When President Barack Obama was elected, critics of the whole approach hoped he would jettison it. But he had no interest in doing so. I was head of OIRA from September 2009 until August 2012, and from the beginning, the Obama administration was committed to careful consideration of both costs and benefits. And in an executive order issued in January 2011, the administration doubled down on cost-benefit analysis. First, Obama made an unprecedented commitment to quantification of both costs and benefits. Second, he ordered executive agencies to review all significant rules on the books, largely with the goal of eliminating or streamlining excessive requirements.
Under the order, it has proved possible to move forward with rules protecting public health, safety and the environment. In late August, for example, the Environmental Protection Agency and the Transportation Department finalized ambitious rules to increase the fuel economy of cars. The benefits of the rules greatly exceed the costs -- the annual net benefits (benefits minus costs) are in the billions of dollars.
At the same time, the requirement of cost-benefit analysis has deterred agencies from proceeding with rules that promise to impose big economic burdens without corresponding gains. With its embrace of cost-benefit analysis, the Obama administration has approved rules with net benefits well in excess of $100 billion.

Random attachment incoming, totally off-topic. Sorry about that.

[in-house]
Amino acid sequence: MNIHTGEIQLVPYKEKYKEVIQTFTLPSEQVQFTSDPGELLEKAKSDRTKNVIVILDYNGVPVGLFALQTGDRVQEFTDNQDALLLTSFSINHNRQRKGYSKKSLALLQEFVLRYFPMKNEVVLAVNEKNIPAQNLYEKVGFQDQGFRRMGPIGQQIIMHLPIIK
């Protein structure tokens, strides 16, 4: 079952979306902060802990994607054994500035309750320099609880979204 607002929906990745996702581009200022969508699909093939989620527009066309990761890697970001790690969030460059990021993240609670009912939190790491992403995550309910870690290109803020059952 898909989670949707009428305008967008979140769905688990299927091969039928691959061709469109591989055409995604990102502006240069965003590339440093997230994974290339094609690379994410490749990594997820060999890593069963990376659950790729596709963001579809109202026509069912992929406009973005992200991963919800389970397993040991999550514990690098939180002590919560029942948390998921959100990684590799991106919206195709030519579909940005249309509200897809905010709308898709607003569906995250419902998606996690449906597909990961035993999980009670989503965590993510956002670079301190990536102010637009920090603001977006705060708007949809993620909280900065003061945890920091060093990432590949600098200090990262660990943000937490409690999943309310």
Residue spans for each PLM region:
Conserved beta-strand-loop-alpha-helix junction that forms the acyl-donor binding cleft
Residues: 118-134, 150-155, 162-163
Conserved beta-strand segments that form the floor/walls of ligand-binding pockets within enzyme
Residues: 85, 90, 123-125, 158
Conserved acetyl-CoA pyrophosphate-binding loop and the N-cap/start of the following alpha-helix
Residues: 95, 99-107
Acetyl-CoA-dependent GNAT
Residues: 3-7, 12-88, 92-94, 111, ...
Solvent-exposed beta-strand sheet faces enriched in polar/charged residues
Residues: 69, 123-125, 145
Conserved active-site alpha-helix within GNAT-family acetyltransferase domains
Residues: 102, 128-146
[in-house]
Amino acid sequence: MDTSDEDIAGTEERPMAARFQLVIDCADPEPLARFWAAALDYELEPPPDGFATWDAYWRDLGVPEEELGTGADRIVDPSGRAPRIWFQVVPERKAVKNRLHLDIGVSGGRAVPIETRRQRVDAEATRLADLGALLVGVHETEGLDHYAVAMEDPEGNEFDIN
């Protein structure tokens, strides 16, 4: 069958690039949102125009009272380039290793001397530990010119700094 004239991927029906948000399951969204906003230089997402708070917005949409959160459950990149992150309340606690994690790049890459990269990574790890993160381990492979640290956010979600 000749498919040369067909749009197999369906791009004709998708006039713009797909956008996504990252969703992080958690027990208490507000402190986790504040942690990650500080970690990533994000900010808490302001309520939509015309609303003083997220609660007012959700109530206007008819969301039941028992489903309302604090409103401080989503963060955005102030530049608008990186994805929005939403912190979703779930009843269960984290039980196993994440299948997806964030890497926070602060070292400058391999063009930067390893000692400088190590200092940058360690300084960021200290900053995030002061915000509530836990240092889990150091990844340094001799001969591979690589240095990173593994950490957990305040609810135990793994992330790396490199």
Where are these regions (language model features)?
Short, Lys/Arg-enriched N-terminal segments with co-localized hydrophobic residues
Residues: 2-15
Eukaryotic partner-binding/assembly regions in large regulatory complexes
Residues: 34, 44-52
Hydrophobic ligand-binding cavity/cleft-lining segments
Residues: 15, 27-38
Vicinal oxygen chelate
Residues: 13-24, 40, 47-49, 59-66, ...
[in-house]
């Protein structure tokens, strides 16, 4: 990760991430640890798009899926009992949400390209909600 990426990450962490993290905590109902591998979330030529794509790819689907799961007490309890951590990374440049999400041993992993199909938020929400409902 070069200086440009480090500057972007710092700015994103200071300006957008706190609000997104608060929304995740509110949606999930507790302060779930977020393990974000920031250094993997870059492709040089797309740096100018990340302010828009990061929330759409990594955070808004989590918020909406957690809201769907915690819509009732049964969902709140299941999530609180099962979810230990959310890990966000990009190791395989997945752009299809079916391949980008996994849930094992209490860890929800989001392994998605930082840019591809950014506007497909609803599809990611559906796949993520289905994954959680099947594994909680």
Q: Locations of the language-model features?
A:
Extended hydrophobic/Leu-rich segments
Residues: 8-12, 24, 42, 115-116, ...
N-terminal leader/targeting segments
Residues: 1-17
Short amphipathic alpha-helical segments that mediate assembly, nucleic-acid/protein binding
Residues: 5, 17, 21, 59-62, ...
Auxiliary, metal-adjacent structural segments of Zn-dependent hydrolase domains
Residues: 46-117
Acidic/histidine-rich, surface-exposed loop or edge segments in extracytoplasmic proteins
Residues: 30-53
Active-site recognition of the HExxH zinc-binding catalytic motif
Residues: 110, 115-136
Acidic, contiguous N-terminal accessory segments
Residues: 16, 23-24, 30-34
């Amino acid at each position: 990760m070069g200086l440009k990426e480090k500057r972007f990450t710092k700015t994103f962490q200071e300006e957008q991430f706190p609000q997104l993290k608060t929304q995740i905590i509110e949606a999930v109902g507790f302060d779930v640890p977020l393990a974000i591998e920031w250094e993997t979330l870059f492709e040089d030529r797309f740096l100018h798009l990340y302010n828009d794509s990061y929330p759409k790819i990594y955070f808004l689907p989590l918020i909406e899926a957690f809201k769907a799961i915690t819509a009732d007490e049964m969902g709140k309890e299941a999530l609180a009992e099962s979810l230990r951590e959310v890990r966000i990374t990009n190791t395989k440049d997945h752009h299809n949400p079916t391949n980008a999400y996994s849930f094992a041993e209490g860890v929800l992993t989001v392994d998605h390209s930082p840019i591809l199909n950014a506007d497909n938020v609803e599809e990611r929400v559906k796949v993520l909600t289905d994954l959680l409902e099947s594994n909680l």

It is true that even if we accept cost-benefit analysis, serious questions remain. Some of those issues are scientific. If we cut emissions of certain air pollutants, what, exactly, are the public-health benefits? Other questions are economic. Suppose that a rule would save 30 lives a year. How do we turn that figure into monetary equivalents? These and other issues have a philosophical dimension. How should we deal with values that are hard or impossible to quantify, such as human dignity? And should our valuations change if a rule would mostly benefit members of future generations?
It is also true that regulators often face considerable uncertainty, and they have to give ranges for both costs and benefits, rather than specifying a single number. There are also continuing questions about scope, including the role of cost- benefit analysis in the context of homeland security or financial regulation, where the benefits may be especially hard to quantify.
What is remarkable is that all of these issues are being addressed under a framework that is now broadly shared. Endorsed for more than three decades and by five presidents, cost-benefit analysis is here to stay.
(Cass R. Sunstein, the Felix Frankfurter professor of law at Harvard University, is a Bloomberg View columnist. He is the former administrator of the White House Office of Information and Regulatory Affairs, the co-author of “Nudge” and, most recently, the author of “On Rumors: How Falsehoods Spread.” The opinions expressed are his own.)
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To contact the writer of this article: Cass R. Sunstein at firstname.lastname@example.org
To contact the editor responsible for this article: Katy Roberts at email@example.com